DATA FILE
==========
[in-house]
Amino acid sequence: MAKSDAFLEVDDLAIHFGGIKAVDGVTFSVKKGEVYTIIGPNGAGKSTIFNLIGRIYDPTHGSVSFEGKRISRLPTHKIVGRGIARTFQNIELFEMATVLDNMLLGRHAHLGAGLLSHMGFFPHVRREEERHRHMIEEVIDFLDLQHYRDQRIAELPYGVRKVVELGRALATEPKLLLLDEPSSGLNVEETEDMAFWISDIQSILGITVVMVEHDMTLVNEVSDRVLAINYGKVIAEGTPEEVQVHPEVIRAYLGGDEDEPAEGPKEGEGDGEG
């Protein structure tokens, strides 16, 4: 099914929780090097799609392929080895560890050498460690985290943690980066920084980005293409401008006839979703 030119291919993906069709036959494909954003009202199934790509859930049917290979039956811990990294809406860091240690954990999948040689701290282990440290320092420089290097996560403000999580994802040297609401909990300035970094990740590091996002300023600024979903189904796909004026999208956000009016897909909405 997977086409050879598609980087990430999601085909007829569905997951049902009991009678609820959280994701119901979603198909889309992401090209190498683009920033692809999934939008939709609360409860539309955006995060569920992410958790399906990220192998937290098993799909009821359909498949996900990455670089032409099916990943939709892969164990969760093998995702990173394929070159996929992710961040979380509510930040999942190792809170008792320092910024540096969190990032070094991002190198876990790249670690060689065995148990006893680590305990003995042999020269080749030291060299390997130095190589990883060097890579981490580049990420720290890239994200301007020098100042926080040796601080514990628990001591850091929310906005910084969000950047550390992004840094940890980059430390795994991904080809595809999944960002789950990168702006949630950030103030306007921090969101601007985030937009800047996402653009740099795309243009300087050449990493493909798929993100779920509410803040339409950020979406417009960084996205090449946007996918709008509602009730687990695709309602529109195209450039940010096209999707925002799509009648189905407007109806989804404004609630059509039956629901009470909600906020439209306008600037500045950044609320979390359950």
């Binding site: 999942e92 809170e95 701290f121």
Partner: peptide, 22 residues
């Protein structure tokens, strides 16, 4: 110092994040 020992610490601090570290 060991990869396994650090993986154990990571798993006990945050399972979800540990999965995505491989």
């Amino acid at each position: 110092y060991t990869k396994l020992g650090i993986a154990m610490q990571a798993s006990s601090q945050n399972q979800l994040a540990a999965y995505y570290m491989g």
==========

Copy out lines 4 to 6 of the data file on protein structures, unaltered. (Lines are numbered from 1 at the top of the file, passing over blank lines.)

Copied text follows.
């Binding site: 999942e92 809170e95 701290f121």
Partner: peptide, 22 residues
């Protein structure tokens, strides 16, 4: 110092994040 020992610490601090570290 060991990869396994650090993986154990990571798993006990945050399972979800540990999965995505491989």